Depression: PICOT Question Component Exploration


Depression is a prevalent mental health concern in adolescents, with a significant proportion developing it in medium to severe variations. It can have significant effects on their lives, particularly considering that adolescence is a critical period in the formation of one’s life afterward. As such, treating it effectively is a topic of high importance from both the medical and the social standpoints. Currently, treatments for depression in adolescents primarily consist of medication usage. However, the author believes that cognitive behavioral therapy (CBT) can prove useful in conjunction with them. In adolescents with moderate to severe depression (p), how does receiving treatment with pharmacotherapy and cognitive behavioral therapy concurrently (i), versus the use of pharmacotherapy alone (c), work to treat depression and improve the quality of life (o), a six-month time period (t)?

Problem Statement

Treatments for depression are still in their early stages of development, as with many other mental health problems. As such, they do not necessarily achieve optimal effectiveness or are the safest options available, with the fewest adverse side effects. Medication is particularly prone to developing the latter due to the large variation within the patient base and the difficulty of testing for all possible cases. Strawn et al. (2017) confirm that antidepressants follow this pattern, potentially inducing a variety of problems from restlessness and headaches to suicidality in adolescents receiving treatment. A nonpharmacological intervention that could effectively help treat the condition alongside drugs or instead of them may help avoid such outcomes. As such, cognitive behavioral therapy warrants consideration as a potential option, given the extensive research that has been conducted into it and the current findings.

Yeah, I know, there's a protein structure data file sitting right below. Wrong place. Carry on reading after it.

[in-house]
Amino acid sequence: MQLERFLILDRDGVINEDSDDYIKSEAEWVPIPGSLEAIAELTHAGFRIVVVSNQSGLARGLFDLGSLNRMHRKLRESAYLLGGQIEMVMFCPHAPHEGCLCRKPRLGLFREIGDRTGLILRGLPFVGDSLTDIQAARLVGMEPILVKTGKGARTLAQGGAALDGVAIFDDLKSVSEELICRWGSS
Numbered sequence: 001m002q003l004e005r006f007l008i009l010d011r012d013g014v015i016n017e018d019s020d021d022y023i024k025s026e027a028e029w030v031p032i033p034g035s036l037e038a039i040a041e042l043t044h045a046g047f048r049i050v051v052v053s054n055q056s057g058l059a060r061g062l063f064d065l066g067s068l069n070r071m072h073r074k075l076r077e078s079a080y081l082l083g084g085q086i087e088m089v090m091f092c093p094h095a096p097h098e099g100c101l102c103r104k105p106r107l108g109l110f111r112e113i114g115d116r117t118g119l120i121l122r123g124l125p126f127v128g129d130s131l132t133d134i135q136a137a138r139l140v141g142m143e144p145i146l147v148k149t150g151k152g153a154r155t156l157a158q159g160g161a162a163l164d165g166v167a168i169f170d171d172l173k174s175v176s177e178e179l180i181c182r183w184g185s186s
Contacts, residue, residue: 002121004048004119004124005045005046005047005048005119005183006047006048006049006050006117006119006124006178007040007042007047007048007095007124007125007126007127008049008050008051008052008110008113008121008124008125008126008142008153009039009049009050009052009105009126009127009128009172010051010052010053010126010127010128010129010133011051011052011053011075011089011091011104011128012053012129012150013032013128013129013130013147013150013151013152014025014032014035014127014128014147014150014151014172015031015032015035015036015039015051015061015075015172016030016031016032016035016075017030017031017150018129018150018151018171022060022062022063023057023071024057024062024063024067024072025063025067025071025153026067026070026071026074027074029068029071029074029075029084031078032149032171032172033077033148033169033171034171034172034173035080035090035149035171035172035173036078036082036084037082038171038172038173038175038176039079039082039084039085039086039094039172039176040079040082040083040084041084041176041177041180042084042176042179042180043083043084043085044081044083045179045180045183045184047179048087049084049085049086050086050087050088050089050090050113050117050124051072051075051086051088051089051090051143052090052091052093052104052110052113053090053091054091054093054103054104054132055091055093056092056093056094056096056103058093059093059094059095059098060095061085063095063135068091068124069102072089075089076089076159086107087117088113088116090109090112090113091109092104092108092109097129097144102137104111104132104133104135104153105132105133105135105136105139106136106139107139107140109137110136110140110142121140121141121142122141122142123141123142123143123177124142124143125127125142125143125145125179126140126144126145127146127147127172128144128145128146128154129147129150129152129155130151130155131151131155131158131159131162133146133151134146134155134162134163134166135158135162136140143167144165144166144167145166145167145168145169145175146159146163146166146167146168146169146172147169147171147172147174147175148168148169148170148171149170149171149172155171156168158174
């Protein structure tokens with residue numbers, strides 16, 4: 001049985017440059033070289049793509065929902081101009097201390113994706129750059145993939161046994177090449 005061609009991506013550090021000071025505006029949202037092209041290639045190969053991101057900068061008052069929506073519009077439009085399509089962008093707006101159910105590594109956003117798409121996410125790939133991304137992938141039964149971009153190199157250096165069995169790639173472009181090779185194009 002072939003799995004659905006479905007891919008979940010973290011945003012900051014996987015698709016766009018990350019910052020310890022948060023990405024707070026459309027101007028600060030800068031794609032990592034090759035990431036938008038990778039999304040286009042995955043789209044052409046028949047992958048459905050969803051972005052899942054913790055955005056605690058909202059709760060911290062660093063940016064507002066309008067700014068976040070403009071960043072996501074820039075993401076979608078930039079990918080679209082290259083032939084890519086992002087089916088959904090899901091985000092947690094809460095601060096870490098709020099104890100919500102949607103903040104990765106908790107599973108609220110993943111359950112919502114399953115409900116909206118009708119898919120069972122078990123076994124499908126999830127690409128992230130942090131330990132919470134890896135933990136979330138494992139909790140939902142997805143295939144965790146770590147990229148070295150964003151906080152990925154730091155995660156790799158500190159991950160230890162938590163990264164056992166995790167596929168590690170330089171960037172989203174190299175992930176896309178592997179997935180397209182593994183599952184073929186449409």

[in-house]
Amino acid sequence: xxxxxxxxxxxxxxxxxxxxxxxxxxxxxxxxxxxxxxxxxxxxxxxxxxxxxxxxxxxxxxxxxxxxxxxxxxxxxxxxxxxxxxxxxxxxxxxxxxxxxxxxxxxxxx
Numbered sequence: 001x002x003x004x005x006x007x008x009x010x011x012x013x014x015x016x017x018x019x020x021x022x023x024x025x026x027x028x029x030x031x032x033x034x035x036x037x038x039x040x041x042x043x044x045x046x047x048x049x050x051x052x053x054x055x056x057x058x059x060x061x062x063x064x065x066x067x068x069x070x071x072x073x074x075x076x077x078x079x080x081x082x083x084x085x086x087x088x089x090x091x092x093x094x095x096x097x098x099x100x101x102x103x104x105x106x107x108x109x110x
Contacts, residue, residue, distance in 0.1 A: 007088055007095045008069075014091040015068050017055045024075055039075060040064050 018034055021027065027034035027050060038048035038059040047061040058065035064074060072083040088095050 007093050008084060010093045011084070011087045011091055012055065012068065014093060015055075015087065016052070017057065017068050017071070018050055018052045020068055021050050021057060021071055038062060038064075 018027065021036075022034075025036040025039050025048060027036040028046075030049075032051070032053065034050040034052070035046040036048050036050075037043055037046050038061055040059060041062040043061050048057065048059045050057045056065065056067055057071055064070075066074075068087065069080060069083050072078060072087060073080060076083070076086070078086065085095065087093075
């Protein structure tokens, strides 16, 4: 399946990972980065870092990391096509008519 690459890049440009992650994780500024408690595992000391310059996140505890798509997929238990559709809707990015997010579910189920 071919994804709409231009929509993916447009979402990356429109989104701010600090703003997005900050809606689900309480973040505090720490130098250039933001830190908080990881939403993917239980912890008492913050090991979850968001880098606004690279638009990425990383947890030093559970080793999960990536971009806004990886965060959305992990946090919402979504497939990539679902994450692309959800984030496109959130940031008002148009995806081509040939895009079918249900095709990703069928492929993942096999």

The population for this project will consist of adolescents with moderate to severe depression. In them, the condition will likely create significant daily life disruptions to interfere with their activities and future prospects. As such, they need assistance first and foremost compared to teenagers with mild depression that they can manage. They are also the most likely to be receiving medications for their condition, as the severity of the issues warrants it. If the therapy is proven to be effective for them with minimal adverse effects, it can then be considered for application to other patients.


This project aims to determine whether cognitive behavioral therapy is a useful tool for addressing moderate and severe adolescent depression. Keles and Idsoe (2018) find that it is an effective tool for the purpose, but its overall effectiveness is not necessarily high. With that said, its nonpharmacological nature means that it can likely be applied alongside medications without incurring any significant side effects. As such, testing of the effects of the combined therapy is warranted to see if it improves outcomes.


The comparison is made against the application of medication alone for two reasons: testing the effectiveness of the combined therapy and ethical concerns. If both approaches address the same issues and thus fail to produce improvements, then there is no reason to apply one of the two, most likely CBT. Additionally, the usage of a control without any treatment is unethical because it would mean leaving people with severe issues without aid. Considering the project will work with adolescents diagnosed with moderate or severe depression, an effective treatment has to be applied.